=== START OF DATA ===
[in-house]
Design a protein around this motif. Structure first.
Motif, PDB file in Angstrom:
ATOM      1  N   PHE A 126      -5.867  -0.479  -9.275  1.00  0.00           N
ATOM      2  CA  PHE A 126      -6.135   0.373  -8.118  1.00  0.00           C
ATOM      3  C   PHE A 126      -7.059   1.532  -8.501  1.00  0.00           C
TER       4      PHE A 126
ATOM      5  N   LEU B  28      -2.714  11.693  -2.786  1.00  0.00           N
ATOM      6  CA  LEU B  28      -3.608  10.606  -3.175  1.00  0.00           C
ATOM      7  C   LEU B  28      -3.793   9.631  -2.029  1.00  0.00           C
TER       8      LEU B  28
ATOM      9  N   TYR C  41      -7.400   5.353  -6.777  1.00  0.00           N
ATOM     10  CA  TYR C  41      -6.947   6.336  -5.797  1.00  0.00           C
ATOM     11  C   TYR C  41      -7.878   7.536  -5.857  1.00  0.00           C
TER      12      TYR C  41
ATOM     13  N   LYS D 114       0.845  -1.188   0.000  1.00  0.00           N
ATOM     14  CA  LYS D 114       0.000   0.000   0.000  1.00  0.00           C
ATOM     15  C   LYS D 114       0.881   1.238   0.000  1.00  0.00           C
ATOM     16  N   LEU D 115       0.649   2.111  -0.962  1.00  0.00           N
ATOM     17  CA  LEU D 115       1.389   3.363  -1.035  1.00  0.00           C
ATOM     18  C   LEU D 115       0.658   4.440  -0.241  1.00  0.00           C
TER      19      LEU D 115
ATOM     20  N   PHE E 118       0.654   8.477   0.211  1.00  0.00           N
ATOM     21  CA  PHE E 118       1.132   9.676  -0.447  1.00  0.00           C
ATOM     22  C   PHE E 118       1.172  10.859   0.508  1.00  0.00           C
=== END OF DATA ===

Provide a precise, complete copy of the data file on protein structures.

[in-house]
Design a protein around this motif. Structure first.
Motif, PDB file in Angstrom:
ATOM      1  N   PHE A 126      -5.867  -0.479  -9.275  1.00  0.00           N
ATOM      2  CA  PHE A 126      -6.135   0.373  -8.118  1.00  0.00           C
ATOM      3  C   PHE A 126      -7.059   1.532  -8.501  1.00  0.00           C
TER       4      PHE A 126
ATOM      5  N   LEU B  28      -2.714  11.693  -2.786  1.00  0.00           N
ATOM      6  CA  LEU B  28      -3.608  10.606  -3.175  1.00  0.00           C
ATOM      7  C   LEU B  28      -3.793   9.631  -2.029  1.00  0.00           C
TER       8      LEU B  28
ATOM      9  N   TYR C  41      -7.400   5.353  -6.777  1.00  0.00           N
ATOM     10  CA  TYR C  41      -6.947   6.336  -5.797  1.00  0.00           C
ATOM     11  C   TYR C  41      -7.878   7.536  -5.857  1.00  0.00           C
TER      12      TYR C  41
ATOM     13  N   LYS D 114       0.845  -1.188   0.000  1.00  0.00           N
ATOM     14  CA  LYS D 114       0.000   0.000   0.000  1.00  0.00           C
ATOM     15  C   LYS D 114       0.881   1.238   0.000  1.00  0.00           C
ATOM     16  N   LEU D 115       0.649   2.111  -0.962  1.00  0.00           N
ATOM     17  CA  LEU D 115       1.389   3.363  -1.035  1.00  0.00           C
ATOM     18  C   LEU D 115       0.658   4.440  -0.241  1.00  0.00           C
TER      19      LEU D 115
ATOM     20  N   PHE E 118       0.654   8.477   0.211  1.00  0.00           N
ATOM     21  CA  PHE E 118       1.132   9.676  -0.447  1.00  0.00           C
ATOM     22  C   PHE E 118       1.172  10.859   0.508  1.00  0.00           C